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International Capital Movements, Financial Volatility and Financial Instability

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  • Frederic S. Mishkin

Abstract

This lecture outlines an asymmetric information theory of financial instability which describes the fundamental forces which harm both the financial sector and economic activity. This asymmetric information framework is then used to demonstrate that although international capital movements and financial volatility can play a role in destabilizing the economy is frequently overstated.

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File URL: http://www.nber.org/papers/w6390.pdf
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Bibliographic Info

Paper provided by National Bureau of Economic Research, Inc in its series NBER Working Papers with number 6390.

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Date of creation: Aug 1999
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Publication status: published as Schriften des Vereins fur Socialpolitik Gelleschaft fur Wirtscharges und Socialwissenschafter, pp. 11-40, 1998.
Handle: RePEc:nbr:nberwo:6390

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References

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  1. Maurice Obstfeld & Kenneth Rogoff, 1995. "The Mirage of Fixed Exchange Rates," NBER Working Papers 5191, National Bureau of Economic Research, Inc.
  2. R. Glenn Hubbard, 1994. "Is There a `Credit Channel' for Monetary Policy?," NBER Working Papers 4977, National Bureau of Economic Research, Inc.
  3. Stiglitz, Joseph E & Weiss, Andrew, 1983. "Incentive Effects of Terminations: Applications to the Credit and Labor Markets," American Economic Review, American Economic Association, vol. 73(5), pages 912-27, December.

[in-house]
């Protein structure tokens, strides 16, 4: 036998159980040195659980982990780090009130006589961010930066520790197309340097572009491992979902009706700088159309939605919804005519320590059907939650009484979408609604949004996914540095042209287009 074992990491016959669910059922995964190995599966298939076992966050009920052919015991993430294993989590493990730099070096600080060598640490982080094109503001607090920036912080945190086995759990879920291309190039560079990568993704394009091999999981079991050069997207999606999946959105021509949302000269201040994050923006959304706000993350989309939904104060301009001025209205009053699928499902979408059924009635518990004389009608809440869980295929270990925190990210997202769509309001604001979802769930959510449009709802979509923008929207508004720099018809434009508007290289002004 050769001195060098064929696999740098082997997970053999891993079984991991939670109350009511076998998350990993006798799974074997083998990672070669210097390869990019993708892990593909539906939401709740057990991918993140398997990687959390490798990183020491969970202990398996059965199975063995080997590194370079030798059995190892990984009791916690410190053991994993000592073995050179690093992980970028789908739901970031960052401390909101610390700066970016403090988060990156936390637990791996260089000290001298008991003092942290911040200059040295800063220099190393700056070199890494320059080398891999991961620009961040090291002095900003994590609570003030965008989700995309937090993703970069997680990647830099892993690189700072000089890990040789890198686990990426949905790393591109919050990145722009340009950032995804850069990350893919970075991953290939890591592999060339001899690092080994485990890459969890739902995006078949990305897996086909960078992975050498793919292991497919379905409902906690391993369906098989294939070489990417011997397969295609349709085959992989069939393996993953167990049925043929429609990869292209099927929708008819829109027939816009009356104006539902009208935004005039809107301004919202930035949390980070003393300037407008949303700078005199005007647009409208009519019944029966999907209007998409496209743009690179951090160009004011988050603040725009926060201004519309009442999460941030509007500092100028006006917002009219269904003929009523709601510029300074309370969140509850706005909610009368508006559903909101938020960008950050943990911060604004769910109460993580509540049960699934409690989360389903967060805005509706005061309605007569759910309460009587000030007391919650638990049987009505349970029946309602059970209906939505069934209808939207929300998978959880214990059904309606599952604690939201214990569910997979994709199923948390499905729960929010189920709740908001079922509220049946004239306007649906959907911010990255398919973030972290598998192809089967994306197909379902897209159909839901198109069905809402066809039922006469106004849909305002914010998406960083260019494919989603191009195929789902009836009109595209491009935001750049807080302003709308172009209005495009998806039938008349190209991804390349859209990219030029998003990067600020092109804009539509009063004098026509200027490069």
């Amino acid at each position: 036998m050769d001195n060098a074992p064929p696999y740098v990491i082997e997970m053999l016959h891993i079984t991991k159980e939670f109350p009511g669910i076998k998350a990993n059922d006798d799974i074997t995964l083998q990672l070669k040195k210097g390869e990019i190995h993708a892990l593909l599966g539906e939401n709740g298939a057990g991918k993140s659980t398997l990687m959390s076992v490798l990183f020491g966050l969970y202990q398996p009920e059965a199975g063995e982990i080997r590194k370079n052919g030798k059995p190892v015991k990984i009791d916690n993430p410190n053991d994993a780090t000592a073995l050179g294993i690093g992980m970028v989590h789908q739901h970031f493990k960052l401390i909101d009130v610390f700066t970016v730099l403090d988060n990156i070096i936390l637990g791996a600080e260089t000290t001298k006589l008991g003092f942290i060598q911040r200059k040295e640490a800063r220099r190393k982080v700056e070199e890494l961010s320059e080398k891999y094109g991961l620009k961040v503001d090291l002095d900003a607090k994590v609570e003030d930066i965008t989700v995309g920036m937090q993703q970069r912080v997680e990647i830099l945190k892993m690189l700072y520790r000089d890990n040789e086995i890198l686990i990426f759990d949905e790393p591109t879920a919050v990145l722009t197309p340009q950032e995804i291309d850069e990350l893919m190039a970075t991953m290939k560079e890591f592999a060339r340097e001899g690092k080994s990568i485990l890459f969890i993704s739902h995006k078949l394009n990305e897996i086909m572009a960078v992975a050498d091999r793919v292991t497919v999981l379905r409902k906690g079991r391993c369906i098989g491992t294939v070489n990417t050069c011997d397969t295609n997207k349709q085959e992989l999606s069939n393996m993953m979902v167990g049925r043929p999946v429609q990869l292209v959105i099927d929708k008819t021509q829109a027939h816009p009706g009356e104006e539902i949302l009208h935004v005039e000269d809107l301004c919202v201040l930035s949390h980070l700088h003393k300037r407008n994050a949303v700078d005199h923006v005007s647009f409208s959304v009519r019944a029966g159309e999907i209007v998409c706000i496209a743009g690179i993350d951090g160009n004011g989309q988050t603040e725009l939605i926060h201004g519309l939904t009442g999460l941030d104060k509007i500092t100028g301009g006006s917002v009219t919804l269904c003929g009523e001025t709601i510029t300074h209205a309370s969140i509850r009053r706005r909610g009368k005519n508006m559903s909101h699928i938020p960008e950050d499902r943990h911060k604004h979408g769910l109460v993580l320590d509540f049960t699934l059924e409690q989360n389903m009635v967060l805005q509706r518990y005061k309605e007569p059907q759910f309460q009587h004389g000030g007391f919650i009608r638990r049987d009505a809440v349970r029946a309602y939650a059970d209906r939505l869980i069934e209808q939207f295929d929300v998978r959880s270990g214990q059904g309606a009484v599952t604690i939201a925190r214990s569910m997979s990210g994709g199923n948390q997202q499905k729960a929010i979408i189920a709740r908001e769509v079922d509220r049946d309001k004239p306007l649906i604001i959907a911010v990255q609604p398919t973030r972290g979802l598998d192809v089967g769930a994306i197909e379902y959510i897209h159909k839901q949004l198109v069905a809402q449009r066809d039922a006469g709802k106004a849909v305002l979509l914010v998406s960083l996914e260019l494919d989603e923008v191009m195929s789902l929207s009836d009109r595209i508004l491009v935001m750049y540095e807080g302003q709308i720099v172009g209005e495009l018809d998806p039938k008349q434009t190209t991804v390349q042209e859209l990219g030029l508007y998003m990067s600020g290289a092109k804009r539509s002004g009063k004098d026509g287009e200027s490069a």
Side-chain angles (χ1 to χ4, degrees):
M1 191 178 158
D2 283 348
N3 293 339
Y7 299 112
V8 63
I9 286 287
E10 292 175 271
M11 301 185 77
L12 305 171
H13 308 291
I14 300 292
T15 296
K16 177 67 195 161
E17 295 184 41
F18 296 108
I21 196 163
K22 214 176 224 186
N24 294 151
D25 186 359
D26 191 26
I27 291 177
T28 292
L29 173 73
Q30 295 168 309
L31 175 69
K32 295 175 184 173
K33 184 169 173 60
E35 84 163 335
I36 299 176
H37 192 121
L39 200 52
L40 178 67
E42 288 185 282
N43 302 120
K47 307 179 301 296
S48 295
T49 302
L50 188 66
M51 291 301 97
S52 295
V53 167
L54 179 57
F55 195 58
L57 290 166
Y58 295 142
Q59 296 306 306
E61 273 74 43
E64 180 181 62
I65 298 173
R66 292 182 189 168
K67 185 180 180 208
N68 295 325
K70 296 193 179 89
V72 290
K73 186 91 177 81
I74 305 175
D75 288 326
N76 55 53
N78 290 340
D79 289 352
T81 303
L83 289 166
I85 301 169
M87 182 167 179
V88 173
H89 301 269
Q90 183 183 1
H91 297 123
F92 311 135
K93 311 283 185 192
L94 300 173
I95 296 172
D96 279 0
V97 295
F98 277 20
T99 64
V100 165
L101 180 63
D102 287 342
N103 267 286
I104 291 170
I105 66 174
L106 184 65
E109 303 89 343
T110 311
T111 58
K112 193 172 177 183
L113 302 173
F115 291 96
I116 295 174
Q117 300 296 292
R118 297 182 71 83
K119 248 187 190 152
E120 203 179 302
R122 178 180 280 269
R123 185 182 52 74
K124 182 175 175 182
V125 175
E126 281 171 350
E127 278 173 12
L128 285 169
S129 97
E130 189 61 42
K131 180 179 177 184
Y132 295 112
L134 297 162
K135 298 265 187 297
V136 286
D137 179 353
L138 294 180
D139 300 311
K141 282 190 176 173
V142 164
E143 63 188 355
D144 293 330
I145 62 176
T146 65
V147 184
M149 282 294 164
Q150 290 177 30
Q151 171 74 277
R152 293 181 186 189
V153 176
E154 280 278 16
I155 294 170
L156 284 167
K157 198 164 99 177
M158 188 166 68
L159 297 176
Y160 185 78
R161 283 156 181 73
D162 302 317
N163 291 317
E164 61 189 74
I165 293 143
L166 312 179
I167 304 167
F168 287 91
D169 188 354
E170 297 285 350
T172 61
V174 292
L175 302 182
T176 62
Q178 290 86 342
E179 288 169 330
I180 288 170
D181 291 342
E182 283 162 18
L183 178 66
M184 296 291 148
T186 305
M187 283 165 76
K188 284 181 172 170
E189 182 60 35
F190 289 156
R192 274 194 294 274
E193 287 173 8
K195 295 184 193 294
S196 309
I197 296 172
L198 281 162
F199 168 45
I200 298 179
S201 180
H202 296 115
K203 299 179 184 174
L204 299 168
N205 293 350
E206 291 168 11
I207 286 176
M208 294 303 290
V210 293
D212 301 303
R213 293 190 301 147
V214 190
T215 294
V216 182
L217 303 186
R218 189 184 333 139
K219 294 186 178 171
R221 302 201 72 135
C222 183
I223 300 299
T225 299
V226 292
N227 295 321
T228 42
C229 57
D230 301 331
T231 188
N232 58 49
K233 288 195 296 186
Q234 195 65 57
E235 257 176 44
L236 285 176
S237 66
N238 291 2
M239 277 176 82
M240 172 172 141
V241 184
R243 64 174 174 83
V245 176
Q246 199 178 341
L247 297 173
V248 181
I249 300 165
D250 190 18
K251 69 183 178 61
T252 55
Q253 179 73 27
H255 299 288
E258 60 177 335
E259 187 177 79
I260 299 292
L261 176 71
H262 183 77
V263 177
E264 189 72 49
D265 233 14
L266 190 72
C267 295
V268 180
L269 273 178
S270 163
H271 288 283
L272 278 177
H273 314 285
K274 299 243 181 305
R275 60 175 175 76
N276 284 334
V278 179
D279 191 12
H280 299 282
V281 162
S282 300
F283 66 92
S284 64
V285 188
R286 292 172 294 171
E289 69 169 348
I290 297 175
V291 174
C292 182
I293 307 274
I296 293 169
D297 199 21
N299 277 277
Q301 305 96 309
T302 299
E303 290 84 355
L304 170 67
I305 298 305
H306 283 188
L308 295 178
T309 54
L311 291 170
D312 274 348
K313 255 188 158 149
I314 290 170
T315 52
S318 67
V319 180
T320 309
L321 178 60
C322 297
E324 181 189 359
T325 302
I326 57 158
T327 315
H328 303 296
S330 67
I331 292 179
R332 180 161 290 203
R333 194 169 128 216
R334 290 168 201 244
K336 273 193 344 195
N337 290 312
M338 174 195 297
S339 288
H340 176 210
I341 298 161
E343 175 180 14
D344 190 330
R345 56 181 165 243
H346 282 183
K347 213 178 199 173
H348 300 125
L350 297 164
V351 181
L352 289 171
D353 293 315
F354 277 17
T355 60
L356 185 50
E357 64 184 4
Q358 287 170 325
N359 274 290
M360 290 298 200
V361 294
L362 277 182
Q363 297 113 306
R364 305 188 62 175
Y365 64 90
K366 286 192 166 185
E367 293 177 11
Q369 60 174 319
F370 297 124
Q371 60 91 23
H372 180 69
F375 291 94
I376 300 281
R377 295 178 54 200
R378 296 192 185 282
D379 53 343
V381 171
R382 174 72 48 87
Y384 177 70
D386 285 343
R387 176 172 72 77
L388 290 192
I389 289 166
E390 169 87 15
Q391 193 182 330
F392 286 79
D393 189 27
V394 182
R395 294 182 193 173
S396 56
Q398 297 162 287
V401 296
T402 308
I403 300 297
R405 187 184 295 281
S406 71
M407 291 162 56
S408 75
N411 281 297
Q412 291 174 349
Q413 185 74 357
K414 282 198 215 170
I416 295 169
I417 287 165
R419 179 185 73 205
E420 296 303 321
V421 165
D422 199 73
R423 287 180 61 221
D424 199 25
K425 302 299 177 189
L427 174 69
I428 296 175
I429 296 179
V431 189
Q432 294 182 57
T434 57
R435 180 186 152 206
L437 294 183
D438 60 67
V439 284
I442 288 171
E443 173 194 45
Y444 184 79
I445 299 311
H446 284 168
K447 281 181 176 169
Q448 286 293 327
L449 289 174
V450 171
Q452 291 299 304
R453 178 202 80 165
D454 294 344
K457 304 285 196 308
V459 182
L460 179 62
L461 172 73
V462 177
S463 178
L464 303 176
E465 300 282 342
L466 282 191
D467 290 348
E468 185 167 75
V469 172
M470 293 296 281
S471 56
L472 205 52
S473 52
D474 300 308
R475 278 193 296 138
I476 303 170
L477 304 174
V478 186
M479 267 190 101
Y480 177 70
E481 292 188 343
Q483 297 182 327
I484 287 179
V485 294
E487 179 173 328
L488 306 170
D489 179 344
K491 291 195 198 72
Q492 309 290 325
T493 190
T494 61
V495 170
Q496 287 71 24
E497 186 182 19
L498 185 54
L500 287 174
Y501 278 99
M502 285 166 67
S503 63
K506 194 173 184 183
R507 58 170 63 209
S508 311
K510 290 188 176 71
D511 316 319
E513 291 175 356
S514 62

4. Joe Peek & Eric Rosengren, 1993. "Bank regulation and the credit crunch," Working Papers 93-2, Federal Reserve Bank of Boston.
  5. Steven Riess Weisbrod & Liliana Rojas-Suárez, 1994. "Financial Market Fragilities in Latin America," IMF Working Papers 94/117, International Monetary Fund.
  6. Stiglitz, Joseph E & Weiss, Andrew, 1981. "Credit Rationing in Markets with Imperfect Information," American Economic Review, American Economic Association, vol. 71(3), pages 393-410, June.
  7. Hancock, Diana & Laing, Andrew J. & Wilcox, James A., 1995. "Bank capital shocks: Dynamic effects on securities, loans, and capital," Journal of Banking & Finance, Elsevier, vol. 19(3-4), pages 661-677, June.
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Cited by:
  1. Kaufmann, Daniel & Mehrez, Gil & Schmukler, Sergio, 1999. "Predicting currency fluctuations and crises - do resident firms have an informational advantage?," Policy Research Working Paper Series 2259, The World Bank.
  2. Gongpil Choi, 2001. "Structural changes and the scope of inflation targeting in Korea," Pacific Basin Working Paper Series 2001-05, Federal Reserve Bank of San Francisco.
  3. Eichengreen, Barry, 1998. "International Economic Policy in the Wake of the Asian Crisis," Center for International and Development Economics Research, Working Paper Series qt78c3z577, Center for International and Development Economics Research, Institute for Business and Economic Research, UC Berkeley.
  4. De Grauwe, Paul, 2000. "Controls on Capital Flows," Journal of Policy Modeling, Elsevier, vol. 22(3), pages 391-405, May.
  5. Sebastian Edwards, 1999. "Crisis Prevention: Lessons from Mexico and East Asia," NBER Working Papers 7233, National Bureau of Economic Research, Inc.
  6. Aaron Tornell, 2003. "Soft Landings (February 2000), with Martin Schneider," UCLA Economics Online Papers 241, UCLA Department of Economics.
  7. Martin Schneider & Aaron Tornell, 2000. "Balance SHeet Effects, Bailout Guarantees and Financial Crises," NBER Working Papers 8060, National Bureau of Economic Research, Inc.
  8. Heike Joebges, 2000. "Ursachen für die Häufung von "Zwillingskrisen" in Schwellenländern," Vierteljahrshefte zur Wirtschaftsforschung / Quarterly Journal of Economic Research, DIW Berlin, German Institute for Economic Research, vol. 69(1), pages 38-52.
  9. Lin, Pei-Chien & Huang, Ho-Chuan (River), 2012. "Banking industry volatility and growth," Journal of Macroeconomics, Elsevier, vol. 34(4), pages 1007-1019.
  10. Nabi, Mahmoud Sami, 2001. "Banking Performance and Speculative Attacks Under Asymmetric Information," MPRA Paper 24515, University Library of Munich, Germany.

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